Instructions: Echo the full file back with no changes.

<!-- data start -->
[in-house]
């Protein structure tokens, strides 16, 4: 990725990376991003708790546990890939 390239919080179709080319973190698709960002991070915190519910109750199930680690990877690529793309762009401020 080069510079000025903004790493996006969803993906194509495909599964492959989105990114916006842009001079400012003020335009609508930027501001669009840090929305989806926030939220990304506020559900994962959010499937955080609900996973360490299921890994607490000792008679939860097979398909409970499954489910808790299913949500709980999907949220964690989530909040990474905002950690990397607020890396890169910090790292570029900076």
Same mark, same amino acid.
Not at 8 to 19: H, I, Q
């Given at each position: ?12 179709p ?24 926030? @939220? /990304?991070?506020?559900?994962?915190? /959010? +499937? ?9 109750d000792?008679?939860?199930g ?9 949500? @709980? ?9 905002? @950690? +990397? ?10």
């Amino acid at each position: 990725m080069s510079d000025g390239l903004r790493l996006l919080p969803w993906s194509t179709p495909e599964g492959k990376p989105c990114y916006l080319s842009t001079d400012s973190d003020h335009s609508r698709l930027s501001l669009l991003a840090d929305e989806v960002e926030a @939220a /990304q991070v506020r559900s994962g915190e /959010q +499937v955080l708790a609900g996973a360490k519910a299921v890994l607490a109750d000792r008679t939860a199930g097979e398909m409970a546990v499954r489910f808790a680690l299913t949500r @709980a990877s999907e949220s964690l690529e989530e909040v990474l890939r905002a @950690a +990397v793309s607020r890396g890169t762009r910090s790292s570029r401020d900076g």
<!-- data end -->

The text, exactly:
[in-house]
């Protein structure tokens, strides 16, 4: 990725990376991003708790546990890939 390239919080179709080319973190698709960002991070915190519910109750199930680690990877690529793309762009401020 080069510079000025903004790493996006969803993906194509495909599964492959989105990114916006842009001079400012003020335009609508930027501001669009840090929305989806926030939220990304506020559900994962959010499937955080609900996973360490299921890994607490000792008679939860097979398909409970499954489910808790299913949500709980999907949220964690989530909040990474905002950690990397607020890396890169910090790292570029900076």
Same mark, same amino acid.
Not at 8 to 19: H, I, Q
């Given at each position: ?12 179709p ?24 926030? @939220? /990304?991070?506020?559900?994962?915190? /959010? +499937? ?9 109750d000792?008679?939860?199930g ?9 949500? @709980? ?9 905002? @950690? +990397? ?10």
């Amino acid at each position: 990725m080069s510079d000025g390239l903004r790493l996006l919080p969803w993906s194509t179709p495909e599964g492959k990376p989105c990114y916006l080319s842009t001079d400012s973190d003020h335009s609508r698709l930027s501001l669009l991003a840090d929305e989806v960002e926030a @939220a /990304q991070v506020r559900s994962g915190e /959010q +499937v955080l708790a609900g996973a360490k519910a299921v890994l607490a109750d000792r008679t939860a199930g097979e398909m409970a546990v499954r489910f808790a680690l299913t949500r @709980a990877s999907e949220s964690l690529e989530e909040v990474l890939r905002a @950690a +990397v793309s607020r890396g890169t762009r910090s790292s570029r401020d900076g």